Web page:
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5

The gist of it is that googles automatic translation looks like it was trained on the corpus of public domain, i.e. about hundred years old books. Nobody talks like that, perhaps because it would be ambiguous under the theoretically free word order. In practice, there are idiomatic preferences. Ich kaufe Schmuck meiner Freundin I buy jewelery of my ...


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In probably any language, context is very important. Sentences can be ambigous, especially if you look at them isolated. In those cases, you need to use your knowledge about the situation, about the current topic of the conversation and so forth, to decide which meaning has been intended. That knowledge is "stored" in the context. Let's look at ...


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There is a grammatical ambiguity. However, most would understand it as dative, buying for the girlfriend. I first had to verify whether it really could be interpreted as genitive. So in my opinion, there is no need to rephrase it. But I would prefer " Ich kaufe Schmuck für meine Freundin." To express that you want to by from your girlfriend, I ...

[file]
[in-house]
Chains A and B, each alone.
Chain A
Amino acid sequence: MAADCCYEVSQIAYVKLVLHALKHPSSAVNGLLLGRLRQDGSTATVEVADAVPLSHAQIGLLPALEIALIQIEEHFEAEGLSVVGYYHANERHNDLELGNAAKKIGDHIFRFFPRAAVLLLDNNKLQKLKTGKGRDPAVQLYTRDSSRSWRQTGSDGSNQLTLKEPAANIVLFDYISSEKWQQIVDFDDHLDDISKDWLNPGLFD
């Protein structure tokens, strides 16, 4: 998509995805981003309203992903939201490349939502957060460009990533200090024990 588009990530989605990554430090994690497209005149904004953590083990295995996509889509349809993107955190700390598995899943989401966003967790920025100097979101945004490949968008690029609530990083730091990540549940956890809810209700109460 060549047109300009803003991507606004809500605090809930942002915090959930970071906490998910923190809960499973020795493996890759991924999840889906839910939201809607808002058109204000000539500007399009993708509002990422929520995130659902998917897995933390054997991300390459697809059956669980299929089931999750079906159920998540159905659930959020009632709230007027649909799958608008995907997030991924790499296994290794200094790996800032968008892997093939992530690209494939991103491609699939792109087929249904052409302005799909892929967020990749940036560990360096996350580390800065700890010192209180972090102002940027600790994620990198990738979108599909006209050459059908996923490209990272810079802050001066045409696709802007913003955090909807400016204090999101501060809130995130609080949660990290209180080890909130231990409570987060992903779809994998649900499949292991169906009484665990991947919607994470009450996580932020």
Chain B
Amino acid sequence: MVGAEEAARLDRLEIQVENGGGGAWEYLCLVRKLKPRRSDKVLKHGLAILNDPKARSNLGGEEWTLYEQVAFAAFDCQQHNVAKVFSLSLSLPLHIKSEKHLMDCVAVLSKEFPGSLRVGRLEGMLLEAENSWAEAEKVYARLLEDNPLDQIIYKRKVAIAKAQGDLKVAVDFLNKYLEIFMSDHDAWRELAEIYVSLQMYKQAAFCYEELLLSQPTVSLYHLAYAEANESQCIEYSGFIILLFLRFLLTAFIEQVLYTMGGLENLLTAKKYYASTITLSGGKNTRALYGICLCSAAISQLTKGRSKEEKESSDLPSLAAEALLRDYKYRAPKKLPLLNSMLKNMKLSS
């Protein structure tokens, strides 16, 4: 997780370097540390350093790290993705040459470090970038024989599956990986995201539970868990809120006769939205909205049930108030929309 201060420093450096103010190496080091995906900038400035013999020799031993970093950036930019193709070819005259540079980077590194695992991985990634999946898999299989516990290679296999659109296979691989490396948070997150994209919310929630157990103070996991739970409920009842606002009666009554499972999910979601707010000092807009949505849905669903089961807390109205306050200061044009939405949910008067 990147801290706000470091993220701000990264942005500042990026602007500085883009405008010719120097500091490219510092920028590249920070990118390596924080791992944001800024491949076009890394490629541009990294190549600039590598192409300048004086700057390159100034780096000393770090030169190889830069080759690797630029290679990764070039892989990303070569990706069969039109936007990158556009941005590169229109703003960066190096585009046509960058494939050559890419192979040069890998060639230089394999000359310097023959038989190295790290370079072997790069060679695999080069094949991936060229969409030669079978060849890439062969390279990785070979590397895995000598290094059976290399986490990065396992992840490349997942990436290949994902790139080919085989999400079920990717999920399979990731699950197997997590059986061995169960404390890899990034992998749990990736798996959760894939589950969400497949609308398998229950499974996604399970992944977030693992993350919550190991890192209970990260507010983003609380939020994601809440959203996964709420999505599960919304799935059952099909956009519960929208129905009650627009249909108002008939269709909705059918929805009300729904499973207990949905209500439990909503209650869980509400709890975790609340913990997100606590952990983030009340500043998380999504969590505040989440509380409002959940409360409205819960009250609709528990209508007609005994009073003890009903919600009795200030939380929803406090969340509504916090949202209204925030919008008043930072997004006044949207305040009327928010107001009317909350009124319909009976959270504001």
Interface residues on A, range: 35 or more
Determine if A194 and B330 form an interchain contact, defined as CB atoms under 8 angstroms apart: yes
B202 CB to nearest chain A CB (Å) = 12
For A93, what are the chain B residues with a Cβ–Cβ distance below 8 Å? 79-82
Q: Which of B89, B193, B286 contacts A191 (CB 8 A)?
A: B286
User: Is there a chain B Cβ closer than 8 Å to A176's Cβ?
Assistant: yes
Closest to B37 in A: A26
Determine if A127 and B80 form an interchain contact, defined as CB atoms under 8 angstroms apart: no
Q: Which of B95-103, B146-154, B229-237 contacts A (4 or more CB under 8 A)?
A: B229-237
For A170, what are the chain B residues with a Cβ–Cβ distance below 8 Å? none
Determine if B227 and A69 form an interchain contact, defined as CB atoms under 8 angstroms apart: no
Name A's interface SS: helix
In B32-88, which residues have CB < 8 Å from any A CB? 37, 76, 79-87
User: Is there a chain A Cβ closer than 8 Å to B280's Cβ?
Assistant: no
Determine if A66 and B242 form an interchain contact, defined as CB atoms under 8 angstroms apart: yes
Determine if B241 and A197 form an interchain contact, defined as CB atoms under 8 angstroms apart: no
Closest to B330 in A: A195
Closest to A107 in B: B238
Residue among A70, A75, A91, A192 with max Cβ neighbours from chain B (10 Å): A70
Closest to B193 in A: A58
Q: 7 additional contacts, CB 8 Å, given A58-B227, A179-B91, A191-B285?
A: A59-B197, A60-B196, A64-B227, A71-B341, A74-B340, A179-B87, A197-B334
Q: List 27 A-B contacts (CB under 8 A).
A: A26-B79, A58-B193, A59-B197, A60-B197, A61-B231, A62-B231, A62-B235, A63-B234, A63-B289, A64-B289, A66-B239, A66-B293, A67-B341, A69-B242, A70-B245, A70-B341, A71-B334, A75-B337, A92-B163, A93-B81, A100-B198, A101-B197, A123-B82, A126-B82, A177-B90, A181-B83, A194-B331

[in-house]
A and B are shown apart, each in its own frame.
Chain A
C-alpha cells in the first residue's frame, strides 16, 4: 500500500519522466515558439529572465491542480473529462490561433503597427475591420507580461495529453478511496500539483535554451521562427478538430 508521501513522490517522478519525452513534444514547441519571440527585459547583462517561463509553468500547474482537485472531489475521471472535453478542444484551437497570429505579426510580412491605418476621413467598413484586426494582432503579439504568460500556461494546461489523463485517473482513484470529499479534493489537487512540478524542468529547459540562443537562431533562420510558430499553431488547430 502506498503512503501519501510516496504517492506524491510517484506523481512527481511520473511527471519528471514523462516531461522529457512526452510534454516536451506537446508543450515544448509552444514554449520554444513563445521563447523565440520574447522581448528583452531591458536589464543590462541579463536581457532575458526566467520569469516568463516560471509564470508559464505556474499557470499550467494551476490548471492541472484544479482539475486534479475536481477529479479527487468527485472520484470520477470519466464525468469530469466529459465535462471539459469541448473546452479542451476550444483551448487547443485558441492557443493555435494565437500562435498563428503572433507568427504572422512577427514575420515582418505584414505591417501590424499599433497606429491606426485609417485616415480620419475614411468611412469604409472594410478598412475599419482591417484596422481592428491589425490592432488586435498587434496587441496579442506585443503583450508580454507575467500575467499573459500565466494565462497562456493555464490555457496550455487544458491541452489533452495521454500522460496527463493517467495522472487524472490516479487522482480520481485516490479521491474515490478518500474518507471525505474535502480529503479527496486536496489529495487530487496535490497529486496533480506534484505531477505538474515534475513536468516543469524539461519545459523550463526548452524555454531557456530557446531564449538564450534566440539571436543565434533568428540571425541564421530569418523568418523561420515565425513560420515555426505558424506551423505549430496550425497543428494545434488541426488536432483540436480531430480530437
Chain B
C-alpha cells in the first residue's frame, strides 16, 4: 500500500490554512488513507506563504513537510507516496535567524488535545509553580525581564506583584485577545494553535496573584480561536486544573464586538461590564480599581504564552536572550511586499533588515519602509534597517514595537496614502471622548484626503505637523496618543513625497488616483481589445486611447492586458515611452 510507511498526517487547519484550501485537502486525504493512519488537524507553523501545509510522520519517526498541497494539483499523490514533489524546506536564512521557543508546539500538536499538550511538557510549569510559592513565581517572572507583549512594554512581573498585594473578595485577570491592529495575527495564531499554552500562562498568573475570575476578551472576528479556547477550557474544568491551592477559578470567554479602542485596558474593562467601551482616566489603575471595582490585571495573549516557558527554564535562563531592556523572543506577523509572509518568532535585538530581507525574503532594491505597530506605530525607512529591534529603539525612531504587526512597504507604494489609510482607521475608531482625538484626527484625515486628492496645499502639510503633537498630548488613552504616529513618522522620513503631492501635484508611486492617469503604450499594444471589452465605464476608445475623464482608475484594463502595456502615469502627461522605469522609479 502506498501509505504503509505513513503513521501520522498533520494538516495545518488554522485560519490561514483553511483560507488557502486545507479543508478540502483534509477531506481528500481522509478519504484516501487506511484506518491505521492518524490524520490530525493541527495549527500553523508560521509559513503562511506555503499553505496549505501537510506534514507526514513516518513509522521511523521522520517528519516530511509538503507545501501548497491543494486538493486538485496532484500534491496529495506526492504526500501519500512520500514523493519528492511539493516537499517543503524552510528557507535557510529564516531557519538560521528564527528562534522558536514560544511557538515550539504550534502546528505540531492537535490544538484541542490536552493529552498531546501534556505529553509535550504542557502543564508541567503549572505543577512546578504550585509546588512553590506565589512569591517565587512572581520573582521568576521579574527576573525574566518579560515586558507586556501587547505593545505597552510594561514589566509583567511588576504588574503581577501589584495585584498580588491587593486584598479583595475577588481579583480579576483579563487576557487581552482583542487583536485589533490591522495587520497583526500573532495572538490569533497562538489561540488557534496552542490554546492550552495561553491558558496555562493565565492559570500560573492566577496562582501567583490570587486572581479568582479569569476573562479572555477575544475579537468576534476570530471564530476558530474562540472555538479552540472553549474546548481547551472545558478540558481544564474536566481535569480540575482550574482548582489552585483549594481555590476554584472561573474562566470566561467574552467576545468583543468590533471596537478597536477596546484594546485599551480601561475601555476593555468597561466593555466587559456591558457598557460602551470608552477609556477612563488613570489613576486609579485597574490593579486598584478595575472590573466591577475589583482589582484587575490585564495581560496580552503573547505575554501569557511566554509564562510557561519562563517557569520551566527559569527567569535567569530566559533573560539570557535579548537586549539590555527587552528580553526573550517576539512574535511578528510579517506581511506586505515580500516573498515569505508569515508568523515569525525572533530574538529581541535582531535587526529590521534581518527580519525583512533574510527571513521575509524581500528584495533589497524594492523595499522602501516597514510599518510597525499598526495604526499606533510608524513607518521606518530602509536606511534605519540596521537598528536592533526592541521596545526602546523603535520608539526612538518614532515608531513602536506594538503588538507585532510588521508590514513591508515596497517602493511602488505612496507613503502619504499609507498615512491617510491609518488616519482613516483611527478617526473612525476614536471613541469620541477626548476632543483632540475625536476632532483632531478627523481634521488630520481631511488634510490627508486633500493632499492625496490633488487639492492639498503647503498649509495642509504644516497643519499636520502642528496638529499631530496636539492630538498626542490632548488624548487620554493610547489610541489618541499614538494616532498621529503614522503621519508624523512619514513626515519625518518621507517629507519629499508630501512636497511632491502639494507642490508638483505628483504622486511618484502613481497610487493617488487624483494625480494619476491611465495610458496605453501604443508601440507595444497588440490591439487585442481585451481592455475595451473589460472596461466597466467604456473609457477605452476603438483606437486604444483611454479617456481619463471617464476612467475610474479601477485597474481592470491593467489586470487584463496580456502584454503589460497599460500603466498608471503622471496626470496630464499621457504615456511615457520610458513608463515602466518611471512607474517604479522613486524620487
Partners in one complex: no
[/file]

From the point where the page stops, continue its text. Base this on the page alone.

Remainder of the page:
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Indeed, the sentence can be interpreted in two ways. However, the translation that Google provided is very old-styled and hardly used in spoken language. I don't think that anybody would use this meaning, unless in a poem or a very lyrical piece of text. But then, it will be obvious by the context. So usually, I don't think that it will be misunderstood. If ...


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Welcome to German SE! This has already been answered pretty well in the comments, but I'll add an actual answer for good form. Yes, you did correctly identify the accusative object "the pen" and the dative object "her". This can be confusing for English speakers learning German because English does not really distinguish between these ...


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